Tomato, Yellow Pear
Very sweet, 1 1/2" yellow, pear-shaped fruit have a mild flavor, and are great for fresh eating or for making tomato preserves. Very productive plants are easy to grow. Tomato, a pulpy nutritious fruit commonly eaten as a vegetable. Interestingly, it has more health-benefiting compounds than that of an apple! Tomatoes are one of the low-calorie vegetables; hold just 18 calories per 100 g. They are also very low in any fat contents and have zero cholesterol levels. Nonetheless, they are an excellent sources of antioxidants, dietary fiber, minerals, and vitamins. On account of their all-round qualities, dieticians and nutritionists often recommend them in cholesterol controlling and weight reduction diet-programs.
Start tomatoes indoors 6-8 weeks before the last frost of spring, sowing the seeds in a flat 1/4" deep and 1" apart. Keep the temperature at 70-75 degrees F until germination, as well as providing adequate light in a sunny window or under a grow light; keep the soil moist, but make sure drainage is adequate. When the second set of leaves emerges, transplant the seedlings into individual pots; bury the stems up to the lowest set of leaves to grow strongly rooted plants. A week before planting the seedlings outside, begin exposing them to the weather during the day to harden them; tomatoes cannot endure cold weather, and should not be transplanted outside until all threat of frost has passed.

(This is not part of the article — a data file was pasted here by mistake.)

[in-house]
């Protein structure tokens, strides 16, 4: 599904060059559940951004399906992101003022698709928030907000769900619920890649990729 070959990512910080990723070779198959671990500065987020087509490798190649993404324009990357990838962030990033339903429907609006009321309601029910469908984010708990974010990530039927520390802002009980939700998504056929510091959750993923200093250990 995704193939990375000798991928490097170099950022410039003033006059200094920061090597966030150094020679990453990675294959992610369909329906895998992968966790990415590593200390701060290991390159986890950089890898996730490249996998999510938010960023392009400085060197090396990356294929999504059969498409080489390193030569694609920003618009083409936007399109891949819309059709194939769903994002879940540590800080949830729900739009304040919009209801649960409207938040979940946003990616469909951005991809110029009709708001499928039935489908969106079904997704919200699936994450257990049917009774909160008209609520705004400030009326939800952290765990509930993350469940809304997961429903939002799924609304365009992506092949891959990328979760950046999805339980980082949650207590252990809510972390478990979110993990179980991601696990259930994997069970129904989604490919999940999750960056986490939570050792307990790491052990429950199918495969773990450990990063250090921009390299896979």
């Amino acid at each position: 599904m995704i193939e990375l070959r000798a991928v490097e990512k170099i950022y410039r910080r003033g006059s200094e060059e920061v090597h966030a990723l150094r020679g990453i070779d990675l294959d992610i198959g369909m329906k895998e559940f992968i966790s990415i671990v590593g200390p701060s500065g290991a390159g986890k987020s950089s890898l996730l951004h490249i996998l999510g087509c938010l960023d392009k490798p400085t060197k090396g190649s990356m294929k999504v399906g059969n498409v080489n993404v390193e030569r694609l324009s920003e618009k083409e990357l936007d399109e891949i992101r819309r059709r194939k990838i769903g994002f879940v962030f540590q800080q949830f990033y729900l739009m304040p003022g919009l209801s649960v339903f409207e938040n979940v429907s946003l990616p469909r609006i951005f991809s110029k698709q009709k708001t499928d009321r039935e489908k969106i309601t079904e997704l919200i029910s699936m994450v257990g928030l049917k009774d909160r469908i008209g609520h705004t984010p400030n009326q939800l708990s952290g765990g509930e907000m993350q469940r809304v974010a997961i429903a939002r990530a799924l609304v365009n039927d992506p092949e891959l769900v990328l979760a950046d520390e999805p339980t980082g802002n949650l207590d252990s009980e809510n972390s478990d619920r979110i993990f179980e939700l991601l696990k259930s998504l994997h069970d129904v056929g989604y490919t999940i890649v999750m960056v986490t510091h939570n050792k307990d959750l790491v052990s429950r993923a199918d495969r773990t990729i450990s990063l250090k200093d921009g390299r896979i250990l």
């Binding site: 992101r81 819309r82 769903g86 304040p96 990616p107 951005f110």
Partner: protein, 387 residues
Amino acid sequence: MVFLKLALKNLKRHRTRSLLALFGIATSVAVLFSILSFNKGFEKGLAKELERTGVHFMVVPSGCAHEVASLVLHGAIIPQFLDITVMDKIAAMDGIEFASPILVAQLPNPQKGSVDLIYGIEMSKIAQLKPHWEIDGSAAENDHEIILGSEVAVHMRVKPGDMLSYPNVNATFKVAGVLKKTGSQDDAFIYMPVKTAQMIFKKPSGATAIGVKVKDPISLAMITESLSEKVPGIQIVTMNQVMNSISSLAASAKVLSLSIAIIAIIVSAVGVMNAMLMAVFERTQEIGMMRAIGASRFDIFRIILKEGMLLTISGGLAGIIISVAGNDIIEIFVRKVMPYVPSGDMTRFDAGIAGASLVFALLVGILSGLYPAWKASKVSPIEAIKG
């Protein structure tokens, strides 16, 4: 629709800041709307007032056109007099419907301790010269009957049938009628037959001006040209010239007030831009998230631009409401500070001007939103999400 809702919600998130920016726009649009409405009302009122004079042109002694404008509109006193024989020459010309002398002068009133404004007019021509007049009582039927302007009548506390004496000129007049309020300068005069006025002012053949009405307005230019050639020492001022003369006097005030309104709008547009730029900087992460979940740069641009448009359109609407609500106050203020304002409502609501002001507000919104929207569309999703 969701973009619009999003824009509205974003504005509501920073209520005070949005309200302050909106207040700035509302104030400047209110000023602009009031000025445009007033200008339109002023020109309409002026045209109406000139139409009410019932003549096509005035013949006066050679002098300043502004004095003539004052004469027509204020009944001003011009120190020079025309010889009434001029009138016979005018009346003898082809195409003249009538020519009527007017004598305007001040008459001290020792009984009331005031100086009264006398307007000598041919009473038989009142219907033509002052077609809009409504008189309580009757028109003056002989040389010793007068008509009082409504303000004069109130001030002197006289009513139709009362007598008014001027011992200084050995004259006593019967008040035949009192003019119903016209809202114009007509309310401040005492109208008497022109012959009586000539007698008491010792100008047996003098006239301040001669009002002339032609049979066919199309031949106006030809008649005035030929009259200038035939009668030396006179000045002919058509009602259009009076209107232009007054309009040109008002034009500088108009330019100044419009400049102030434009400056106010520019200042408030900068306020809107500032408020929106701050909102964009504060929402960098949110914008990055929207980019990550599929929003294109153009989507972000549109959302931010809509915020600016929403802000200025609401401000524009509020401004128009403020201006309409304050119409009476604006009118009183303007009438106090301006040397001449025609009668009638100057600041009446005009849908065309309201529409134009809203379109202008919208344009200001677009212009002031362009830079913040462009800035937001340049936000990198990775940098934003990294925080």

When the soil temperature reaches at least 70 degrees F, plant the seedlings in full sun and very rich soil; once more, bury the entire stem up to the lowest set of leaves. If providing a trellis, space the plants 2' apart, but if allowing the vines to spread, space the plants 3-4' apart.
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2 Corinthians 9:10
He who supplies seed to the sower and bread for food will supply and multiply your seed for sowing and increase the harvest of your righteousness.